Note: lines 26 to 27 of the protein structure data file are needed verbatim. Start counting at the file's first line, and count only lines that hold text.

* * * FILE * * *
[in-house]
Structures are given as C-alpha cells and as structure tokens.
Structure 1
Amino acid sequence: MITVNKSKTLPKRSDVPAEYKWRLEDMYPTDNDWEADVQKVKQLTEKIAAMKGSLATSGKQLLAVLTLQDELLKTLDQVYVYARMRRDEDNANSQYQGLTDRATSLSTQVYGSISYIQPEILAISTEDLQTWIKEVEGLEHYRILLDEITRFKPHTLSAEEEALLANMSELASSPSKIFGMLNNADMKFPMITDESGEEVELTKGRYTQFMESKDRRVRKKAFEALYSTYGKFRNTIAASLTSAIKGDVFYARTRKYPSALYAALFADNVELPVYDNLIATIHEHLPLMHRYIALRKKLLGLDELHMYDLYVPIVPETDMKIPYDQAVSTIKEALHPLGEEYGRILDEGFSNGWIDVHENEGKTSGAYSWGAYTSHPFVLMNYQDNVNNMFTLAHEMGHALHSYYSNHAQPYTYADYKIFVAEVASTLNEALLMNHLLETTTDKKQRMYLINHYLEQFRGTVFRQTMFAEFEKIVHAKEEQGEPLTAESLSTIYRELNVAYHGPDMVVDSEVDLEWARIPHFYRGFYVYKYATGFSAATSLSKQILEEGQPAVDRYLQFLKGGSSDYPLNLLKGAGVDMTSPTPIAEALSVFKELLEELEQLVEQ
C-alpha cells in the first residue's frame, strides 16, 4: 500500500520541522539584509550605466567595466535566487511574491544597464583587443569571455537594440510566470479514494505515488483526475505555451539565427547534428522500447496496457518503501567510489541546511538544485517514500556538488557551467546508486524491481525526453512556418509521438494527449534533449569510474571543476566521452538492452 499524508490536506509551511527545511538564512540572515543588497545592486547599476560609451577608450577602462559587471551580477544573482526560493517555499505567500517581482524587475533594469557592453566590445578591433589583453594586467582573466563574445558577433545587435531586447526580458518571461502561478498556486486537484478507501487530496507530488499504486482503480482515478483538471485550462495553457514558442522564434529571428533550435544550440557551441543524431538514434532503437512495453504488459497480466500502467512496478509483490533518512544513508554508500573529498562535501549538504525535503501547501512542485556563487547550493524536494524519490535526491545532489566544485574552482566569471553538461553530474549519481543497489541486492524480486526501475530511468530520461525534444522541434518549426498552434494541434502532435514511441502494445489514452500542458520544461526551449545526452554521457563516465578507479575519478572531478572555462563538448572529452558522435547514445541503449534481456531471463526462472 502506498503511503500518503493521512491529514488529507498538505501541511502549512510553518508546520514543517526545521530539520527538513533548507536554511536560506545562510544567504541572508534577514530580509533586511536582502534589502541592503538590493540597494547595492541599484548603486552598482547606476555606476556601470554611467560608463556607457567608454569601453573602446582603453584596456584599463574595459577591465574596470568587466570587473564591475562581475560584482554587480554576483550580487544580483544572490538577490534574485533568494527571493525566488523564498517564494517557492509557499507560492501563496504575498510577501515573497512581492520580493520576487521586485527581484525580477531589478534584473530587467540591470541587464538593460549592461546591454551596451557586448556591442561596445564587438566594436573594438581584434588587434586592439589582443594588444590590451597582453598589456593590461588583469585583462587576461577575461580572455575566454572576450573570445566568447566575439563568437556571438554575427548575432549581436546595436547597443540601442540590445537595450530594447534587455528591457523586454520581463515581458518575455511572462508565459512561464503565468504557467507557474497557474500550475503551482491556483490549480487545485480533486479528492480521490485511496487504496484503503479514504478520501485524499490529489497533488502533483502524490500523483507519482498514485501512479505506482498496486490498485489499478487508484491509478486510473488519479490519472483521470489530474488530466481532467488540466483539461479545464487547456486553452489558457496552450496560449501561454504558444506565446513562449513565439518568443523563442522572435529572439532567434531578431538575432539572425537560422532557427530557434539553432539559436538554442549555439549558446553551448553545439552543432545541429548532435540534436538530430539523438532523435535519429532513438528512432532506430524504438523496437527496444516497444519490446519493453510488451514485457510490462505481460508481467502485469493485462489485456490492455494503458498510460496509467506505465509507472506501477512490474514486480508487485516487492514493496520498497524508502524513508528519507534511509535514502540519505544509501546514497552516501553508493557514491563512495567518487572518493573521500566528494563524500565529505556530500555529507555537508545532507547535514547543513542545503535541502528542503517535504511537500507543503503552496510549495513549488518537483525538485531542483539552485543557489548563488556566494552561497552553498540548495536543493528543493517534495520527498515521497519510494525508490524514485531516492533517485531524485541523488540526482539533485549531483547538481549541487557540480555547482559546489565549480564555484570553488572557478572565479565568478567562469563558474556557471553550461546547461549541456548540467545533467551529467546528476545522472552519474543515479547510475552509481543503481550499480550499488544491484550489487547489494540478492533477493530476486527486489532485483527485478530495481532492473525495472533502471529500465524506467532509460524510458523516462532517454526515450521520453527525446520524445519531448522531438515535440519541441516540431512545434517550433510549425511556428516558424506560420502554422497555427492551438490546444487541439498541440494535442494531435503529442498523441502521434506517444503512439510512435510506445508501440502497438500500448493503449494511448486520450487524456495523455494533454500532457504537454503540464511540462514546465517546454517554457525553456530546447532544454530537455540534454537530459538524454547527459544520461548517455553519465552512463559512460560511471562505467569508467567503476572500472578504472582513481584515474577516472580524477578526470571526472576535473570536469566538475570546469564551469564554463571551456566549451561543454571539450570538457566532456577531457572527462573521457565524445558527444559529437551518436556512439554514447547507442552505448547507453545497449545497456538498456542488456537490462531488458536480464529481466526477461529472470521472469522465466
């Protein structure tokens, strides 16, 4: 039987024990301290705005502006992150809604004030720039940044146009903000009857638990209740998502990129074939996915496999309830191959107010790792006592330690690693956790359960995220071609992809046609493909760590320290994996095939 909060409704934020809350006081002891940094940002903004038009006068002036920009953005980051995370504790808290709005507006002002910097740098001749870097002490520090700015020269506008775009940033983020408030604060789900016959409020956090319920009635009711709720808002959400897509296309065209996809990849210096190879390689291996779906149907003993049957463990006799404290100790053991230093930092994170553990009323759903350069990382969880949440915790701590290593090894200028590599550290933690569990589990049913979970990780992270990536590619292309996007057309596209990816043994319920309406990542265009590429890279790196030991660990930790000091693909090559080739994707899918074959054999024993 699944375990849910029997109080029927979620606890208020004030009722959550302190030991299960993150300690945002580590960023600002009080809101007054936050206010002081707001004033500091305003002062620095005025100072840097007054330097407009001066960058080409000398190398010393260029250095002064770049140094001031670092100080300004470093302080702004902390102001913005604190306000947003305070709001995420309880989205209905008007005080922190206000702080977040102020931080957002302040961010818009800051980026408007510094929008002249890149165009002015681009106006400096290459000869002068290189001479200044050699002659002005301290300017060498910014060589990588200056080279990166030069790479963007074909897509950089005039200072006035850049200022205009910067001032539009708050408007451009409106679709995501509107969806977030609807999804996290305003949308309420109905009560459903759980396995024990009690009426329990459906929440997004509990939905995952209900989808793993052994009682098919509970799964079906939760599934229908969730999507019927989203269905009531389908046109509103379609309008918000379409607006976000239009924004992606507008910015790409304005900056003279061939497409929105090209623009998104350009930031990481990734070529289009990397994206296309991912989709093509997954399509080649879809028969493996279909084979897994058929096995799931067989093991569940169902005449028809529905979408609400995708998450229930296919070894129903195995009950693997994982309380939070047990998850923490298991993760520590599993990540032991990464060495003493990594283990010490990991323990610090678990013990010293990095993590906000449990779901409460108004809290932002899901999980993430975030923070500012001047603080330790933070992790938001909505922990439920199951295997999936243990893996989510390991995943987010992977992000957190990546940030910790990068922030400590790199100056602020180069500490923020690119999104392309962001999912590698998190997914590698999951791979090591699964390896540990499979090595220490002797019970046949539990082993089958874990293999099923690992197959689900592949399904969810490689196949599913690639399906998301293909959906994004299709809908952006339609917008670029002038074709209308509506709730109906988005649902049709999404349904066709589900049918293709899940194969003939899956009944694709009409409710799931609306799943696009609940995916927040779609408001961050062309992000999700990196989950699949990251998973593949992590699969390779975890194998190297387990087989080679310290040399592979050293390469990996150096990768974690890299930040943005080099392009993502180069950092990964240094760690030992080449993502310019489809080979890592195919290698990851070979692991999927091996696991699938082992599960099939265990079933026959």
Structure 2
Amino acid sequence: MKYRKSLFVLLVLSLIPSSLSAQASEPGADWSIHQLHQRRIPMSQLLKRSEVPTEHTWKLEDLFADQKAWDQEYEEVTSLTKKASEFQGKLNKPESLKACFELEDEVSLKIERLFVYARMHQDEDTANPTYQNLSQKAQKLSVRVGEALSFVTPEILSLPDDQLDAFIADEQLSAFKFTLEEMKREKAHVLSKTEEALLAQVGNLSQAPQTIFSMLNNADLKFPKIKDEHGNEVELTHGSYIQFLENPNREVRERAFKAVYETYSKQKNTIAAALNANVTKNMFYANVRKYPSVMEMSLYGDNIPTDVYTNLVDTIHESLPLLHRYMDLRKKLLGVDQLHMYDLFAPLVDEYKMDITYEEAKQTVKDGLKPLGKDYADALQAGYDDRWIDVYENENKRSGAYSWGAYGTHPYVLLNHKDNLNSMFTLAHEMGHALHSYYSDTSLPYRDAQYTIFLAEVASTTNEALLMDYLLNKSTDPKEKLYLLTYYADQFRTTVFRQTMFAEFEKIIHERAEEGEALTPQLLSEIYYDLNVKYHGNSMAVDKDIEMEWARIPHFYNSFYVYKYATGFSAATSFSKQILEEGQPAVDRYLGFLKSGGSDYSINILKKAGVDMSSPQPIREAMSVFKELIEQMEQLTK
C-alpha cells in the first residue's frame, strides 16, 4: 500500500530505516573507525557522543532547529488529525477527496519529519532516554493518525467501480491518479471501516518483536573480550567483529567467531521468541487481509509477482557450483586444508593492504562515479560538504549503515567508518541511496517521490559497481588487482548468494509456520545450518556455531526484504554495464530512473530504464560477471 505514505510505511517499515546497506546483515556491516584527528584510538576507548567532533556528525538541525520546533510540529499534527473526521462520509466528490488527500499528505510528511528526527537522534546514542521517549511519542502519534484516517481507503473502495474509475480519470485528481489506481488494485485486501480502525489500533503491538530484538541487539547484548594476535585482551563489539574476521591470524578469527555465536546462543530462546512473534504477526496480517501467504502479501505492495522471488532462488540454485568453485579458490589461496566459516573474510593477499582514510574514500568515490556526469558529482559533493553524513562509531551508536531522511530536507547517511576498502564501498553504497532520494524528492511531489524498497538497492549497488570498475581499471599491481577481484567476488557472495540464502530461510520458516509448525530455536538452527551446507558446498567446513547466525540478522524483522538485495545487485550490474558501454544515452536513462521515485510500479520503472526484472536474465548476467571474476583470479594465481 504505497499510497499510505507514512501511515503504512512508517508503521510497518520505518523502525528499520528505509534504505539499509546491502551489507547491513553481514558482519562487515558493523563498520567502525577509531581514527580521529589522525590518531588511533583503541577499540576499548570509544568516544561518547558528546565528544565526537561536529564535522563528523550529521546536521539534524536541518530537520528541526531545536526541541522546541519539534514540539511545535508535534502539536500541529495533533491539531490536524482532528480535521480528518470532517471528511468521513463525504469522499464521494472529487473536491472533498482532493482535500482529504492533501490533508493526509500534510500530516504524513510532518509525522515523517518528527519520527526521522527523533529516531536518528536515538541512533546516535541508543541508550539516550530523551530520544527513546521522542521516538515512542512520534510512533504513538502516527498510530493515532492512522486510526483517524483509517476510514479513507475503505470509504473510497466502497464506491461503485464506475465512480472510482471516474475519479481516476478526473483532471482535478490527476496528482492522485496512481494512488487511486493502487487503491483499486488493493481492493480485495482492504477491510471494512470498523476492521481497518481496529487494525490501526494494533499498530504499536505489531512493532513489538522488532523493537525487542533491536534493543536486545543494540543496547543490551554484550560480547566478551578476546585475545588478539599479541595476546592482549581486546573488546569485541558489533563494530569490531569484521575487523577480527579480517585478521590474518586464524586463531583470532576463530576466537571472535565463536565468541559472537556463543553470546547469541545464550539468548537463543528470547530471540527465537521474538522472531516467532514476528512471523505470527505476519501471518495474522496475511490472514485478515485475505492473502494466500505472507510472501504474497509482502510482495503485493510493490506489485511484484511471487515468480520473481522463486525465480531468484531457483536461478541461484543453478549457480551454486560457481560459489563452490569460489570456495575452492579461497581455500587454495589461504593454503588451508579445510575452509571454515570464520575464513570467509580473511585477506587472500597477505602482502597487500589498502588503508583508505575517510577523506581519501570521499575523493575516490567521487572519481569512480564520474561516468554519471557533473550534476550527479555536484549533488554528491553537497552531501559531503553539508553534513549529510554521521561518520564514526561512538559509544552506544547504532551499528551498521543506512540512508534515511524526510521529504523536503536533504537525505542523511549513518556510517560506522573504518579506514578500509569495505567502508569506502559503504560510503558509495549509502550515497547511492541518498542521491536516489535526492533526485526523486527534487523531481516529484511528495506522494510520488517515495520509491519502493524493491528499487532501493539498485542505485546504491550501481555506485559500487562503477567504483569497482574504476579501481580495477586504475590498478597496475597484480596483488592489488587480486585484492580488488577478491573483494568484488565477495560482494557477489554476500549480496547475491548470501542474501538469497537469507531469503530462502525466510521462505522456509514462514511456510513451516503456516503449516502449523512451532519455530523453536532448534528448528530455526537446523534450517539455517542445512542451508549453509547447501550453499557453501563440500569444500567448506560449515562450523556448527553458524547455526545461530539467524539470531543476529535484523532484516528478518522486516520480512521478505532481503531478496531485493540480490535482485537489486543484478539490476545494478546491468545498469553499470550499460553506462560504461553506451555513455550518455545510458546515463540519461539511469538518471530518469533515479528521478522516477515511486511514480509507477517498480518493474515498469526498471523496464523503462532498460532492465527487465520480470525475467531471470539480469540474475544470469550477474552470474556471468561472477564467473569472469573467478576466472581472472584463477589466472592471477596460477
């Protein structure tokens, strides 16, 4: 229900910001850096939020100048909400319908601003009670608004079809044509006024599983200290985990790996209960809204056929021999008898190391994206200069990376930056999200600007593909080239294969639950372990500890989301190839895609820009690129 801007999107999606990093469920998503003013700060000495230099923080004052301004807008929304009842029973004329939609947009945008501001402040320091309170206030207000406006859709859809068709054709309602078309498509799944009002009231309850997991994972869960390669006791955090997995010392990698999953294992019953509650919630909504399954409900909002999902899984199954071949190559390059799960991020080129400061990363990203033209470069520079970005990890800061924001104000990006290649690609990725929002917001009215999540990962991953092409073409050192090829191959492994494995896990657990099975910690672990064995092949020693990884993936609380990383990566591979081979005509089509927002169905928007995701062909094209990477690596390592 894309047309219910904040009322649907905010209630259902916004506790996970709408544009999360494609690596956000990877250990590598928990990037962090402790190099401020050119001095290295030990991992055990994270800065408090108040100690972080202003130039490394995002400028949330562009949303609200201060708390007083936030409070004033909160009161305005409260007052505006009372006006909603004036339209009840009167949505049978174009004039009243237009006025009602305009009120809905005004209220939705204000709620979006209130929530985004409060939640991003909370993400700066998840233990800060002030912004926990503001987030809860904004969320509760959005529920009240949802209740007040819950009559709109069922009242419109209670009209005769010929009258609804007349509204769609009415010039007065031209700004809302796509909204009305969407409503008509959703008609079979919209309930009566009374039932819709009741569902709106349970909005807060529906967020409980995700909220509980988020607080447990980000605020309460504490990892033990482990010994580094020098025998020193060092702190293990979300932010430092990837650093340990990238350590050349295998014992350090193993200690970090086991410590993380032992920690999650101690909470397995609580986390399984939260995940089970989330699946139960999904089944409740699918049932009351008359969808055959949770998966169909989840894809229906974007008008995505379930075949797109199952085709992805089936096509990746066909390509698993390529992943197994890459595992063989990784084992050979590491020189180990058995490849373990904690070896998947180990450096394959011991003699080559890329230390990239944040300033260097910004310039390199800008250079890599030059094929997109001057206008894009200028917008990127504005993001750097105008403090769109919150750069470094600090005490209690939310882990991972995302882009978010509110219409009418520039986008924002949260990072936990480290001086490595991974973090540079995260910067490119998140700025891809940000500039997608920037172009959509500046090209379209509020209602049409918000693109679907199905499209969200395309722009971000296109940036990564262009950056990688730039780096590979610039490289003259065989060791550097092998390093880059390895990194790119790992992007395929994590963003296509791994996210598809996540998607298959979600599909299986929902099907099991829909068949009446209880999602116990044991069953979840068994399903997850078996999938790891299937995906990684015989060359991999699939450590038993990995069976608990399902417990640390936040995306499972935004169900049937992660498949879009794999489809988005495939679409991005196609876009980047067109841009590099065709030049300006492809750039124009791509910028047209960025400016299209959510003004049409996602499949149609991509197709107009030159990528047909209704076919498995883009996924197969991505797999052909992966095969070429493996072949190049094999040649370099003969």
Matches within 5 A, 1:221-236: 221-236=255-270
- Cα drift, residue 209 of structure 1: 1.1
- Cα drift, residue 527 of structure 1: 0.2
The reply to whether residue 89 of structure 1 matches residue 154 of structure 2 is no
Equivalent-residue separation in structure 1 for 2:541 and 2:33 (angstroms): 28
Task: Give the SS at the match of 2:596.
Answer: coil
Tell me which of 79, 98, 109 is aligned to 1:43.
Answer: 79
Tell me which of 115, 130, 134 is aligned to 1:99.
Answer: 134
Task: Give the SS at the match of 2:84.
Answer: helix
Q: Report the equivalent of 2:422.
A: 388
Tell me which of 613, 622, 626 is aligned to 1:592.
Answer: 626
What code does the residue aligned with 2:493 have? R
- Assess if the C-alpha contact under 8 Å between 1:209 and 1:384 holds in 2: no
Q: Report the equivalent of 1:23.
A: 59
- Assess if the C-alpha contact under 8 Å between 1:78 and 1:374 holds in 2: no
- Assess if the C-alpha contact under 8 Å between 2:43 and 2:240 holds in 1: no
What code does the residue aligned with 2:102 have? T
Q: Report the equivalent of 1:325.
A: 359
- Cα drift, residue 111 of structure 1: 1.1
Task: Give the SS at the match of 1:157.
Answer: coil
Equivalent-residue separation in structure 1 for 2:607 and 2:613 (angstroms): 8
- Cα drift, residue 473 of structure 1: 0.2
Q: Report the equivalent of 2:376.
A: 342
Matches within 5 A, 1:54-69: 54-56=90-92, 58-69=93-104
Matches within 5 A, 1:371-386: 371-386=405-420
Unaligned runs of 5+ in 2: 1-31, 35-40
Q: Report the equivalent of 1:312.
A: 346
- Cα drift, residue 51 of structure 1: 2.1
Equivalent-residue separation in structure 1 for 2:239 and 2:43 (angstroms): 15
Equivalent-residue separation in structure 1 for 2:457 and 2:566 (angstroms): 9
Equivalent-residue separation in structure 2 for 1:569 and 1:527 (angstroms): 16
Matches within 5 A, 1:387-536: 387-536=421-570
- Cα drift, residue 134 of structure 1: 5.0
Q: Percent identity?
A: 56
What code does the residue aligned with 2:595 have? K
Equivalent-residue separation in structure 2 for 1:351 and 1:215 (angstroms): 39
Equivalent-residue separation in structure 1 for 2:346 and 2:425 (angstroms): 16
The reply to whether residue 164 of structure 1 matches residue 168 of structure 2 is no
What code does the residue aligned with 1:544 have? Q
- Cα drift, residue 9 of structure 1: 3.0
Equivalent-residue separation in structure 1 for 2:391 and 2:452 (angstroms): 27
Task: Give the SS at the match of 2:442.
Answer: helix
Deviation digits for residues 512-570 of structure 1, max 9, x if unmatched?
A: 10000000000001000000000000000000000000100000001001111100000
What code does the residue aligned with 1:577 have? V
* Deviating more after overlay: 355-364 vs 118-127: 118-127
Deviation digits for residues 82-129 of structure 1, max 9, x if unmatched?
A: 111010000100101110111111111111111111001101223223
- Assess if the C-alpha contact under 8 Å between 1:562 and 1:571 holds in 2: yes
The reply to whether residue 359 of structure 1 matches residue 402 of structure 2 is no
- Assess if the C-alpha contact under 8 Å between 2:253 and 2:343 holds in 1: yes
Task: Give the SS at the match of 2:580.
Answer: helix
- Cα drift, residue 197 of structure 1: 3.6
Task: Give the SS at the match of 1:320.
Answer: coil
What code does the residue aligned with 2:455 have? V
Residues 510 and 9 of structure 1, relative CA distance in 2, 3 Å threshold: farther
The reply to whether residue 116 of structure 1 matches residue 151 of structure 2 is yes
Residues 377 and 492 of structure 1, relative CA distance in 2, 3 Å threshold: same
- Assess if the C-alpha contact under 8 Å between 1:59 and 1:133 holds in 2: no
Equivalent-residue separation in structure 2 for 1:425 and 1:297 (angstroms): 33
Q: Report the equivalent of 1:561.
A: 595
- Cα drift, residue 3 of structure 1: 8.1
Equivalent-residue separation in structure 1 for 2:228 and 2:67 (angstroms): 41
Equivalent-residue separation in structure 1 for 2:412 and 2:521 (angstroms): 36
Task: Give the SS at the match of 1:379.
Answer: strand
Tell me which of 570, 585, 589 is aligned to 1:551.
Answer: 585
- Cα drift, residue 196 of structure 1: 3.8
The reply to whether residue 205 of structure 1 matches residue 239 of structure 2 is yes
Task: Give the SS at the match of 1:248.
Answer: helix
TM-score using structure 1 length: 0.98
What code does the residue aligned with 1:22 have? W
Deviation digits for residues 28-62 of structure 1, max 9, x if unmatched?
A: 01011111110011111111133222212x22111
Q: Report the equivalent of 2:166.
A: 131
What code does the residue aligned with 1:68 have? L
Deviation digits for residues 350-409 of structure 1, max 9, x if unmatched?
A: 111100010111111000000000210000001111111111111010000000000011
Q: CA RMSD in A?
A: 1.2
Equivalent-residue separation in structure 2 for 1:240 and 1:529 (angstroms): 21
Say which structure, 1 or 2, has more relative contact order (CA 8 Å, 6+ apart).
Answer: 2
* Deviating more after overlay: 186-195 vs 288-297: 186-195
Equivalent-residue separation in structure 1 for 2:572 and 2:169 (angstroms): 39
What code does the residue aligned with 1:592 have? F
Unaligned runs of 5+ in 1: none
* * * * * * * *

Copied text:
Tell me which of 613, 622, 626 is aligned to 1:592.
Answer: 626